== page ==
Posted in Fantasy, Teen, Young Adult/New Adult

Go read Rust in the Root RIGHT NOW!

Rust in the Root, by Justina Ireland, (Sept. 2022, Balzer + Bray), $18.99, ISBN: 9780063038226

Ages 14+

Justina Ireland’s new historical fantasy is everything that other historical fantasy about magicians in the 1920s and 1930s should have been. Set in 1937, Laura Ann Langston arrives in New York, from her small town in Pennsylvania. She wants to earn her mage’s license so she can become a baker to the stars, but fate has a curve ball waiting. She takes a she applies for a job with the Colored Auxiliary of the Bureau of the Arcane’s Conservation Corps: magic exists in this history, and like everything else at the time, it’s segregated. Ireland expertly weaves U.S. history into her fantasy to give us an incredible story where white Necromancers and Mechomancers – magic with metal – threaten the world’s structure; the Auxiliary, made up with different areas of magic users, use natural means to combat them. Sent into the Ohio Deep Blight – an area of Ohio under attack from Necromancy – and Laura, now known as the Peregrine, ventures into the Blight with her mentor, the Skylark, and a group of apprentices. When they arrive in Ohio, they discover a deep, evil purpose behind the disappearance of the previous team sent out, and that their own lives are in danger. Justina Ireland views American history through a social lens and brings to life a fantasy that makes perfect sense. Black and white photos run throughout, with wry observations from Peregrine; missives from the Skylark will keep you guessing until the end.¬†Incredible storytelling and world-building make this one of the best books I’ve read this year. Read this, booktalk this, and give it to history and fantasy fans alike.

Rust in the Root has starred reviews from Publishers Weekly, Booklist, School Library Journal, and Kirkus.

Posted in picture books, Preschool Reads

Don’t miss Tracey Baptiste’s Looking for a Jumbie!

I have been a fan of Tracey Baptiste’s Jumbies series since the first one hit shelves in 2015. They’re such a rich, spooky mix of Caribbean folklore and horror, with smart characters and fantastic pacing: every kid in my library knows that if they ask me for something scary, they’re going to get a Jumbies book handed to them. Fast forward six years, and Tracey Baptiste has a Jumbies picture book, so that I can start getting my itty bitties into all things Jumbie. Start them early, right?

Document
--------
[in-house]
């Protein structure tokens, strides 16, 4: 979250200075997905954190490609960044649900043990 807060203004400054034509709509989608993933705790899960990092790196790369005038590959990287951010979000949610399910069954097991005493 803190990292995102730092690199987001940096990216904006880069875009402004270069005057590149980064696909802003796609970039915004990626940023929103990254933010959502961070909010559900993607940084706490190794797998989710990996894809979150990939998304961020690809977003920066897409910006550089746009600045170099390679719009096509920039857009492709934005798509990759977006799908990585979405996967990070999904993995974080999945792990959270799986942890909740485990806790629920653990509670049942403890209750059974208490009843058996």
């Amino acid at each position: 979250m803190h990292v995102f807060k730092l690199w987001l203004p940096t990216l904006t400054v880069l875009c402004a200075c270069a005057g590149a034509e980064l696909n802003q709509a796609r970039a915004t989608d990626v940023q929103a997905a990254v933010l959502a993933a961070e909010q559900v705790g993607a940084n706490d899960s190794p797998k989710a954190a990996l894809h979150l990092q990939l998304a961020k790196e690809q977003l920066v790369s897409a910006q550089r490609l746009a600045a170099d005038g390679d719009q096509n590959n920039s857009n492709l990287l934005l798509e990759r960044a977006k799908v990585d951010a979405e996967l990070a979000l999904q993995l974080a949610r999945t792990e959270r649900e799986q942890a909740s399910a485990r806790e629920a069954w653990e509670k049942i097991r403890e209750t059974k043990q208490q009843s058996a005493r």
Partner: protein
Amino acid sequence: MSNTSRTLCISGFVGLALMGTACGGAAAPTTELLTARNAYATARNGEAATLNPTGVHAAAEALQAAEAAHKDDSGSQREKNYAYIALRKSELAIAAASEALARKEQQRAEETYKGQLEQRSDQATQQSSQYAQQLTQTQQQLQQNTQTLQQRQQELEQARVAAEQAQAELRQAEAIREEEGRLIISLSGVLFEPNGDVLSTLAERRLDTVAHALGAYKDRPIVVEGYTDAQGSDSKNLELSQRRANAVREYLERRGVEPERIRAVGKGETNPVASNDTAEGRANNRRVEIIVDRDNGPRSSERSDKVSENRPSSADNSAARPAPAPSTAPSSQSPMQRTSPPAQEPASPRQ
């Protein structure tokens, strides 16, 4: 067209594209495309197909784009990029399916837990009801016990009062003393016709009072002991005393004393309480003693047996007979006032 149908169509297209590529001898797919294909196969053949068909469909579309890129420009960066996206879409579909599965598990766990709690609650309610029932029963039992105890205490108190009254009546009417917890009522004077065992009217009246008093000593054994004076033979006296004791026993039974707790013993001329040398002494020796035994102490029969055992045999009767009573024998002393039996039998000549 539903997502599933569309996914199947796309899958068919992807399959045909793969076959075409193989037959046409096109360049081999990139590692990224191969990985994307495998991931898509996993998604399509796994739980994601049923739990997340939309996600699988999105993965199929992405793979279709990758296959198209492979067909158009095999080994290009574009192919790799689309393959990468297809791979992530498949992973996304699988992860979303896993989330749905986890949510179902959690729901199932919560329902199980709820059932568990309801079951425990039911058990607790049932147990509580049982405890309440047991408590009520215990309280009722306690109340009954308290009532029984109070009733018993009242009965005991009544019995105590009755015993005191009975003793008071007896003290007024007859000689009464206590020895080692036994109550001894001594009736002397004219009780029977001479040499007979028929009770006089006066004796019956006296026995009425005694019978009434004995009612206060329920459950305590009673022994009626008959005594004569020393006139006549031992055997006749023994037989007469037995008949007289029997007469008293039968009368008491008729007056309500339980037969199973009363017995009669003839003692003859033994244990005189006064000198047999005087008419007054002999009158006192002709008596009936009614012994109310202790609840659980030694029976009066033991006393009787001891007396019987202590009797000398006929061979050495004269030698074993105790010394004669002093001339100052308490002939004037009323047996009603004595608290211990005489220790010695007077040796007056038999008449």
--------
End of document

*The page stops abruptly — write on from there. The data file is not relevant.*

Looking for a Jumbie, by Tracey Baptiste/Illustrated by Amber Ren,
(Sept. 2021, Balzer + Bray), $17.99, ISBN: 9780062970817
Ages 4-8

Naya is a little girl who just knows jumbies are real, even if her Mama says they only exist in stories. Naya heads off, Going on a Bear Hunt-style, to find some, and makes some… interesting friends along the way. Repeated, familiar phrasing that may remind readers of the classic We’re Going on a Bear Hunt runs throughout the book as Naya meets a new friend to join her quest: “We’re looking for a jumbie. We’re going to find a scary one”. She meets several interesting characters in the woods, all who seem to meet the characteristics of well-known jumbies (especially for older siblings and parents who’ve read the novels!), but they don’t seem terribly mean at all. They all manage to convince Naya that they’re not the monsters she’s looking for, and join her quest. Vibrant digital illustrations are colorful and eye-catching, and Naya, a young girl of color, is a brave heroine who forges through each spread. Jumbies are a friendly a group of monsters, and while Naya provides informational descriptions of these spooky monsters, the colorful group are very friendly and cartoon-like in appearance.¬†Looking for a Jumbie could be a wonderful story to read at bedtime to kids who may be worried about things that go bump in the night, as jumbies offer practical reasons for their appearances that have nothing to do with being a monster. No nightmares here! I love, love, love this book.

Tracey Baptiste offers a field guide to jumbies on her website, along with further resources on her Jumbies novels for anyone interested in learning more.

Posted in Fiction, Middle Grade, Middle School, Puberty, Realistic Fiction, Tween Reads

Things That Surprise You is touching, funny… giggles and tissues needed!